ST. PAUL, Minn. — Wednesday night in Midway was back to business as usual for Minnesota United FC, albeit in a sold-out, state-of-the-art stadium. Denied the chance to sing Wonderwall — the Loons’ victory anthem by Oasis — following a 3-3 draw against New York City FC in Allianz Field’s debut two weekends prior, Wednesday’s sellout crowd poured its energy and support onto the field in anxious want of a victory.
Gone was the celebratory atmosphere that surrounded the Loons’ tilt with NYCFC, undercut by the knowledge that MNUFC’s new home hadn’t yet been christened by victory. Standing in the way of the wishes of Minnesota’s XI on the field and the nearly 20,000 fans in the stands was an opponent that had taken 13 points from five previous meetings with the Loons.
This time, the LA Galaxy took just one more point as the two sides played to a 0-0 draw.
The LA Galaxy (6-1-1, 19 points) held the majority of possession, but it would not be unreasonable to suggest Minnesota (3-3-2, 11 points) produced the game’s better chances. Los Angeles’ talisman Zlatan Ibrahimovic was kept quiet by the combined efforts of Ike Opara, Brent Kallman and Osvaldo Alonso. Ibrahimovic, a four-time UEFA Team of the Year honoree, was limited to 50 touches and one shot on target from well outside the 18-yard-box that failed to trouble Loons keeper Vito Mannone.
Corner, after corner, after corner were earned by the hosts, with the home crowd rising to its feet to meet all 13 of those MNUFC corner kicks amid scarves twirling. Adjacent to the press box, each serving a suspension for red cards earned against Toronto FC, sat and stood Francisco Calvo and Jan Gregus — the pair gesturing and trying to will their teammates forward and the ball into the Galaxy’s goal.
But the combined effort of both teams, a thunderous crowd and a pair of Loons in a box weren’t enough to produce a goal on the evening.
“Took us about maybe the first 10 minutes to adjust to the way their shape was,” MNUFC head coach Adrian Heath said. “After we made some adjustments — some minor, little tweaks — I thought we were the most dominant team against a very good team. I thought, ‘It’s two points that we’ve lost tonight.'”
As the game’s intensity peaked with Minnesota chasing a go-ahead goal late and the sky opening up to shower the field, the Galaxy seemed to agree with Heath’s assessment of which side was more likely to take all three points. In the 84th minute, Los Angeles keeper David Bingham received a yellow card for time wasting ahead of a goal kick. So too, in added time, did Galaxy midfielder Servando Carrasco for kicking the ball away after fouling Darwin Quintero.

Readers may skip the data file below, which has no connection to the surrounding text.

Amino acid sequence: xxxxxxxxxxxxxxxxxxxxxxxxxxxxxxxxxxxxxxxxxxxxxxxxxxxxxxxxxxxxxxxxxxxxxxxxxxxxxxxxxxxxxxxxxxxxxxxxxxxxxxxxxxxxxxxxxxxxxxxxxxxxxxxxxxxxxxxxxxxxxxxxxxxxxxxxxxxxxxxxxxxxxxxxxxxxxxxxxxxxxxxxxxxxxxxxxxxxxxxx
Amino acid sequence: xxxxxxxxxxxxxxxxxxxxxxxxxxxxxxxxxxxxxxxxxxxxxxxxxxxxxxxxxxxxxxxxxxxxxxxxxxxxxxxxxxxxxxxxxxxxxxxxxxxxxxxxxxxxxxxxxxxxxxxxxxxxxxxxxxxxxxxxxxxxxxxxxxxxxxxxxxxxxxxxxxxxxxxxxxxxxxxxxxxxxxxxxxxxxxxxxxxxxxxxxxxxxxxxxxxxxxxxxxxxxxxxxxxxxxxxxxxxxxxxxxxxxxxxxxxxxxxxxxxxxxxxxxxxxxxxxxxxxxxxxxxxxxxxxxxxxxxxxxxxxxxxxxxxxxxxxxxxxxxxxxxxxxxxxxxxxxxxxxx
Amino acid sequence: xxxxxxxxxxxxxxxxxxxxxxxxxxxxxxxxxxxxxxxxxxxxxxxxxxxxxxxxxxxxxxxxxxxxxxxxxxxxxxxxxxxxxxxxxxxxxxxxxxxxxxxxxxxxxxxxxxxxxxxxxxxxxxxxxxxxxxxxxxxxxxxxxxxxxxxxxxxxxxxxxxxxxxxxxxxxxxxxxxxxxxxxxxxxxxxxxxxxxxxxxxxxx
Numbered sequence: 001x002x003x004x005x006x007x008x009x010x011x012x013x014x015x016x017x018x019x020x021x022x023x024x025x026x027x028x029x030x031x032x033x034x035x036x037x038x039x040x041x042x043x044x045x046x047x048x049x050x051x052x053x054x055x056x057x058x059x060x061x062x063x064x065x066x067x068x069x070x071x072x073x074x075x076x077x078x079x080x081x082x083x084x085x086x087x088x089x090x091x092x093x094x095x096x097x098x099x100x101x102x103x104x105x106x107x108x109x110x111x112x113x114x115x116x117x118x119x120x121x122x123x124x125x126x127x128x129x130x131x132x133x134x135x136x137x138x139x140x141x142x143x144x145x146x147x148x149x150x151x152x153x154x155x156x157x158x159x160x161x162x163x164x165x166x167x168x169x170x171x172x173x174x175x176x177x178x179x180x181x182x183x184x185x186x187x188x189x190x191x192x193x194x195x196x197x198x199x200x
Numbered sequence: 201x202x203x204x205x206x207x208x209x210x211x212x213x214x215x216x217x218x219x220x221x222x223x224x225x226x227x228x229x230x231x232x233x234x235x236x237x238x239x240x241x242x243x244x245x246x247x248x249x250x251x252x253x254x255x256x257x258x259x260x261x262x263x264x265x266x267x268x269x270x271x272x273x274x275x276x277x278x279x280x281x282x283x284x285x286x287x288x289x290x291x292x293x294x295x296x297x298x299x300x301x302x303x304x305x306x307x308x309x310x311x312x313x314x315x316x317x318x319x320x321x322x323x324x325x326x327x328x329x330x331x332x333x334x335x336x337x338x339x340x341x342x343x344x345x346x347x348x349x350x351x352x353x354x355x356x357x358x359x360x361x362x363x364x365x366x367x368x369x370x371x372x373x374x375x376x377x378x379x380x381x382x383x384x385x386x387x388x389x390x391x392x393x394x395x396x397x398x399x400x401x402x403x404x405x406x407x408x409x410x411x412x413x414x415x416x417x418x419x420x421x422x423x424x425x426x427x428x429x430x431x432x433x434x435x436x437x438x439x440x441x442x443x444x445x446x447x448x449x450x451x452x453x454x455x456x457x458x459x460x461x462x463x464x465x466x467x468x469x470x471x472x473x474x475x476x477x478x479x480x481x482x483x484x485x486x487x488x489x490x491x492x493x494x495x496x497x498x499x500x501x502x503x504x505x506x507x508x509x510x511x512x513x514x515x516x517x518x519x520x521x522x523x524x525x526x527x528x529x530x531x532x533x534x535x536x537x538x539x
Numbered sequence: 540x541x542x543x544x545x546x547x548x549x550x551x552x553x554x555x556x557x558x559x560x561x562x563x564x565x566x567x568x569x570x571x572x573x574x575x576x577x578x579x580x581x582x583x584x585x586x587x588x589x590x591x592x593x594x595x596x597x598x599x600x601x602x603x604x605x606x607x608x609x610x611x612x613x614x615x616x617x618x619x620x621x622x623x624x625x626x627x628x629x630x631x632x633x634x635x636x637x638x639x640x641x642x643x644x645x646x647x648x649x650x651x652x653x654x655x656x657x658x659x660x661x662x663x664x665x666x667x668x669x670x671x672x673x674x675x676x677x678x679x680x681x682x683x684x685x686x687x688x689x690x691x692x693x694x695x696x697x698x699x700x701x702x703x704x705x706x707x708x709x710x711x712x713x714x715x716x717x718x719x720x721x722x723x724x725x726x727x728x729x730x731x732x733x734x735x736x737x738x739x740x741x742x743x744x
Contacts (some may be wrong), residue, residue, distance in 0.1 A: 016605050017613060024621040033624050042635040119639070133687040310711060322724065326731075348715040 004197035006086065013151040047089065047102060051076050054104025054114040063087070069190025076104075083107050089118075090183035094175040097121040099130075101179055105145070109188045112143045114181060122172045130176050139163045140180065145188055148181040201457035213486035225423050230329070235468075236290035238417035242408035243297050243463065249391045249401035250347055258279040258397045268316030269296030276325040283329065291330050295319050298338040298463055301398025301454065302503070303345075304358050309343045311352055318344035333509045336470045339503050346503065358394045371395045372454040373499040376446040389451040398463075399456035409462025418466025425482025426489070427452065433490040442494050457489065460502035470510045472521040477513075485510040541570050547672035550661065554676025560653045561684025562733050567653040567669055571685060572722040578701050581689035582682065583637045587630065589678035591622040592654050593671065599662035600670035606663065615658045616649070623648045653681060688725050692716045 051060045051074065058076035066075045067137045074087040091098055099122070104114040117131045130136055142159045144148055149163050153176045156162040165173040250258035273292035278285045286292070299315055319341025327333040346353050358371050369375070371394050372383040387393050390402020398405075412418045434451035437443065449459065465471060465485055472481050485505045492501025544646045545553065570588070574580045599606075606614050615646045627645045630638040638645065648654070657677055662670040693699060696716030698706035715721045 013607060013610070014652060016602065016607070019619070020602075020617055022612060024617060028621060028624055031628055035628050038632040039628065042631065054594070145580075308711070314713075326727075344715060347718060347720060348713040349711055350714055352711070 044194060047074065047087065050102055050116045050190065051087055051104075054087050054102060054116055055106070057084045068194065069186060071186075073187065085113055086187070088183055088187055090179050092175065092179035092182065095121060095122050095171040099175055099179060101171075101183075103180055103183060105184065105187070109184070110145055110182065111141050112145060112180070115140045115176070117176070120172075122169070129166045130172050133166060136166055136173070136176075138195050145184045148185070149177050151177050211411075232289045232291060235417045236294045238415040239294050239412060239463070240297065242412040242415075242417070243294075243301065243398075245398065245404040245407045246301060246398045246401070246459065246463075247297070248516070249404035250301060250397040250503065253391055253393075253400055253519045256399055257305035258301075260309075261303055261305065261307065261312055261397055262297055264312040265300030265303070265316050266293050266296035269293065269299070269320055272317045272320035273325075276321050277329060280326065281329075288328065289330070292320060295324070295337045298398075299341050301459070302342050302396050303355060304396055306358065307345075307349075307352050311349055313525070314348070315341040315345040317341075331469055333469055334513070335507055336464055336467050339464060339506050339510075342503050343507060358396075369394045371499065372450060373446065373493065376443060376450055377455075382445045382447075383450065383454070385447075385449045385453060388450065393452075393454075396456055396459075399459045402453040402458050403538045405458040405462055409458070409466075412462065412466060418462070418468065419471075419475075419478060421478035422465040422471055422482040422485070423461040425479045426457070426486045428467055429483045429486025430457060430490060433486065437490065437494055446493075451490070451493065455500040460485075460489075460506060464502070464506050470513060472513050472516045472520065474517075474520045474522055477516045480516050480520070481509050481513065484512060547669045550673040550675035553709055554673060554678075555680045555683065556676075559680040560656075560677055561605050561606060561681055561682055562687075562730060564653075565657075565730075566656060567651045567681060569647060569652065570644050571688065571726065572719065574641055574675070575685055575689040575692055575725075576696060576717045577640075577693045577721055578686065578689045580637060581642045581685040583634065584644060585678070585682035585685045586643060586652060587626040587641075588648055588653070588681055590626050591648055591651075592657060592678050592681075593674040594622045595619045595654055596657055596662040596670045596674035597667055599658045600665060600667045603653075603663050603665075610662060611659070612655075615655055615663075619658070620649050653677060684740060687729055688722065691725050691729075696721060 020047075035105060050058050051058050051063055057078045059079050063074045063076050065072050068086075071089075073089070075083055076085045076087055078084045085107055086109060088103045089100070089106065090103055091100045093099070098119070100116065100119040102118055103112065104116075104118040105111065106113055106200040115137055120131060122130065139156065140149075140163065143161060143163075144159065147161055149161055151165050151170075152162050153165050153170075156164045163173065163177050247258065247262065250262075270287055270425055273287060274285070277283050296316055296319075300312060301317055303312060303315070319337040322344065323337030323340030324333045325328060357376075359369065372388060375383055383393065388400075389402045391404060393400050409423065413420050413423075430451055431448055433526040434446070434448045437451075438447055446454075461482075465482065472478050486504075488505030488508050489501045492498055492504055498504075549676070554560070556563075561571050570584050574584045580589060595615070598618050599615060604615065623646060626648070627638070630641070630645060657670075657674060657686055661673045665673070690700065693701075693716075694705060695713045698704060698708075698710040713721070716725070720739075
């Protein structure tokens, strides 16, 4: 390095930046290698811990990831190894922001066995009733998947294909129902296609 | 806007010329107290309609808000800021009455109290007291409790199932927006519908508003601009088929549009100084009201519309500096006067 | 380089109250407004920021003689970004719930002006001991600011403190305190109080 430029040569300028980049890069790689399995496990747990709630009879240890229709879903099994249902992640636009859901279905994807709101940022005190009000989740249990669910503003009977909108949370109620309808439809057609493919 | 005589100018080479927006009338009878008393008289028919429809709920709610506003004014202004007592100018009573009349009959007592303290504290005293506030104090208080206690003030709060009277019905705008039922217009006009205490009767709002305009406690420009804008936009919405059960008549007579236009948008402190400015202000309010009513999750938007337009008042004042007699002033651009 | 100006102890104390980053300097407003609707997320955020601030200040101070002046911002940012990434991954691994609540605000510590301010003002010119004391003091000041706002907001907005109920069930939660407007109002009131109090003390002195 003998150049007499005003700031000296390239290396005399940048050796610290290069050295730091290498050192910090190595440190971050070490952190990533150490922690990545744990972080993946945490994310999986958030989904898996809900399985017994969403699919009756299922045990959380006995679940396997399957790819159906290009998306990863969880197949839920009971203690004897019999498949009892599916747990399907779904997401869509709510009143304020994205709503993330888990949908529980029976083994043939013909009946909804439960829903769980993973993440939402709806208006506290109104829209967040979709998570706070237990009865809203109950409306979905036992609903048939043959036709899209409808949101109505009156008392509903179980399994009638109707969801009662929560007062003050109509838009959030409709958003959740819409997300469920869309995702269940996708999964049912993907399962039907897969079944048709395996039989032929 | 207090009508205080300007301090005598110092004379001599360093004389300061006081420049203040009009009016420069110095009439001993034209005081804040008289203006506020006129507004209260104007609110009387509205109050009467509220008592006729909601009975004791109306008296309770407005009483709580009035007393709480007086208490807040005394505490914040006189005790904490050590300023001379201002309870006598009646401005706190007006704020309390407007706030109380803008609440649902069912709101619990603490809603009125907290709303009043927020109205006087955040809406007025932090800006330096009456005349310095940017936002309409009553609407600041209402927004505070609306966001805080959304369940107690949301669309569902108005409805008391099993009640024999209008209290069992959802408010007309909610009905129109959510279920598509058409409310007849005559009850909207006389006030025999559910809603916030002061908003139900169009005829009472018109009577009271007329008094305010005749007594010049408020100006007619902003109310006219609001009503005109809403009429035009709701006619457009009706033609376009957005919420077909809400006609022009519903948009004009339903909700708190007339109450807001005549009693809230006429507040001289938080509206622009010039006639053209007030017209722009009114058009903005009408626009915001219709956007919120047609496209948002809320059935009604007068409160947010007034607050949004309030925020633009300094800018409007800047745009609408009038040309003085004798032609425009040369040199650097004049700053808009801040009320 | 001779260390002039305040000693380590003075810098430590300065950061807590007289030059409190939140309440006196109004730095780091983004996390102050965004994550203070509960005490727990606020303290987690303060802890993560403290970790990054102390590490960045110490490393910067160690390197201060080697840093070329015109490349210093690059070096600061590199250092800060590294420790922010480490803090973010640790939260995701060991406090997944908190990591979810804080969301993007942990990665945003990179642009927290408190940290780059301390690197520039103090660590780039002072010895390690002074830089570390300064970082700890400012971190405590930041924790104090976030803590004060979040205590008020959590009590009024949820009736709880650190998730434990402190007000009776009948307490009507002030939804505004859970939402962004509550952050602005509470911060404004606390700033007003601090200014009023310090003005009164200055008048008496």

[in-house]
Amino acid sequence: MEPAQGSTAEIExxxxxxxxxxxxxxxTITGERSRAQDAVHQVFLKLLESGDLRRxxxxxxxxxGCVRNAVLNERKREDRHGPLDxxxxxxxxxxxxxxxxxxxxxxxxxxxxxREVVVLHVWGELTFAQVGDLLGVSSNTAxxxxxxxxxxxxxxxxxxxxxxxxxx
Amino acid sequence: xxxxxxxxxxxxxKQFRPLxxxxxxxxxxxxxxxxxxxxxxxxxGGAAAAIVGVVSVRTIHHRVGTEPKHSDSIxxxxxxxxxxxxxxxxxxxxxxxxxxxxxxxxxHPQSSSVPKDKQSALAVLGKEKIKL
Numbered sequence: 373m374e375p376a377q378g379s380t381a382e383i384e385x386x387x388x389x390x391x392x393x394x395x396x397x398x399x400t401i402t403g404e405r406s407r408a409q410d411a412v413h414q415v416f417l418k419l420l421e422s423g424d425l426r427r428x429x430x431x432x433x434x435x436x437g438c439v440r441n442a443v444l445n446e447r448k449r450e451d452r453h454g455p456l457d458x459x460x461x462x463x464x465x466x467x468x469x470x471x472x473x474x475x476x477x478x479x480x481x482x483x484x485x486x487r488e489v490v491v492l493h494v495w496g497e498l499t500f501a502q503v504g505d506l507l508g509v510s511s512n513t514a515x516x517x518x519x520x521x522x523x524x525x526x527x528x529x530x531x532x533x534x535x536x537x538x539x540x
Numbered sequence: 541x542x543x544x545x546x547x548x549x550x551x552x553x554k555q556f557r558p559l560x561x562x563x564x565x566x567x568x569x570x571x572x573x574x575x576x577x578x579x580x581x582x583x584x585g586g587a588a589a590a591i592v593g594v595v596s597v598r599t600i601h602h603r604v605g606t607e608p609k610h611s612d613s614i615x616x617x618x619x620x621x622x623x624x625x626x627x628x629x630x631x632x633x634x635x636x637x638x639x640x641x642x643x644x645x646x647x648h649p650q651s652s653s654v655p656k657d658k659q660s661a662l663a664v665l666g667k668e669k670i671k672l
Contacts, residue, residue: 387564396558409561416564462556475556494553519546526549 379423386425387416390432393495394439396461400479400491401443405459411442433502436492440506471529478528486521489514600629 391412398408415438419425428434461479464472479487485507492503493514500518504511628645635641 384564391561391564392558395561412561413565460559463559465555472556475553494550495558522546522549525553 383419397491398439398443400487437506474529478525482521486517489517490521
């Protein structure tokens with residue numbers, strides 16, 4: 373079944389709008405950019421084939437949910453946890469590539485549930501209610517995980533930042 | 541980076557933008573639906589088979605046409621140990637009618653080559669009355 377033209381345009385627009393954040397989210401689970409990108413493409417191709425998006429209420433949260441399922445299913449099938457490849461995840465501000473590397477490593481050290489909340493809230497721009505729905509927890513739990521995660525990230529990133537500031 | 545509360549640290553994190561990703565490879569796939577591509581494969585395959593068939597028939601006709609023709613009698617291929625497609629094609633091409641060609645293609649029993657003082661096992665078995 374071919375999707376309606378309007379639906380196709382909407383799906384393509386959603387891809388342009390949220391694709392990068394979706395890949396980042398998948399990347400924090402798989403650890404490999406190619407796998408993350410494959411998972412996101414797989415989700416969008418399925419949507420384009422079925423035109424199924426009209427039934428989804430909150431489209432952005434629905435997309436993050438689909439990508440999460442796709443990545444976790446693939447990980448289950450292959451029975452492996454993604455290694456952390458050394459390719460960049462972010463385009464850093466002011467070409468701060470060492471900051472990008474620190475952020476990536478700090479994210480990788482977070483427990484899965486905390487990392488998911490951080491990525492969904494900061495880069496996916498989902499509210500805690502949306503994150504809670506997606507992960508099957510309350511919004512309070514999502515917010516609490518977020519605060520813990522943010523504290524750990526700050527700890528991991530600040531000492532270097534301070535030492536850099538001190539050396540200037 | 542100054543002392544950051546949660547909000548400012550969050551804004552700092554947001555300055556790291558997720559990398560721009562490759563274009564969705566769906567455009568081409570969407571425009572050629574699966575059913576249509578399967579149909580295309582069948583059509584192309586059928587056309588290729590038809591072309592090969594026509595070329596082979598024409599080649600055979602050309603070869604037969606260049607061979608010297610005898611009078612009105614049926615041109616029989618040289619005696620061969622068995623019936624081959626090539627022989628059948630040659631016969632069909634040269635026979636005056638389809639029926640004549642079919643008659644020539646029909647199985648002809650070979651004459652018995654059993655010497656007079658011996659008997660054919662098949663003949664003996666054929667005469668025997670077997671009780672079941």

And while a packed stadium was left wanting, there were positives to be found for Heath.
“It might keep all you lot and everybody else quiet for the week that we’ve kept a clean sheet,” Heath said wryly during his postgame interview.
One Loon understandably satisfied with that clean sheet was Mannone.
“We [were] really in control of the game. We manage the game in the right moments, in the right times, and against a good team despite the big guy up front,” Mannone said, referring to Ibrahimovic. “We’ve done a brilliant job defensively — everyone from top to bottom did his job very, very well.”
Mentioned by both his head coach and teammates for his performance on the evening was Woodbury, Minnesota’s Eric Miller. With Calvo suspended, Miller was called on to make his first league appearance of 2019 with only four days notice. Making things even trickier for the fullback was his assignment of marking 17-year-old Uriel Antuna. The teenager’s quickness and pace got the better of Miller on a few occasions in the first half, but Miller’s confidence in his teammates helped him keep Antuna in check in the second.
“You do your best to try and stay in front of him,” Miller said. “Obviously, in the first half that didn’t go as I planned a couple times. But I think it’s more about the unit. Individual guys can do their jobs, but knowing that Brent [Kallman] has to cover, or Rasmus [Schüller] is coming over or Ozzie [Alonso] is coming over — I think the important thing is always that you’re defending as a unit. Guys aren’t on islands by themselves and they have a system that they’re working in, and they know if they make a mistake that there’s cover there and guys who are going to back him up.”
Heath, on that collective defensive effort, said: “If we go back over the [previous] two games — the seven goals — I can actually think that maybe five or six of them have been individual errors. Obviously, at this level, you get punished for that, like we did with [Alejandro] Pozuelo last week. You know, and tonight we didn’t. We didn’t gift them anything. To earn every little half-chance that they created, they have to earn it, which was pleasing.”
With D.C. United coming to town Sunday, the task now falls to Minnesota to maintain that defensive organization while finding the back of the net. With Kevin Molino, Miguel Ibarra and Abu Danladi all healthy seeing minutes against the Galaxy, along with Ethan Finlay and Romario Ibarra, there is plenty of competition for places among Minnesota’s front five.
On which players had earned another start this weekend, Heath was non-committal, saying the club will have to see how players recover during the short turnaround before the Loons’ next game.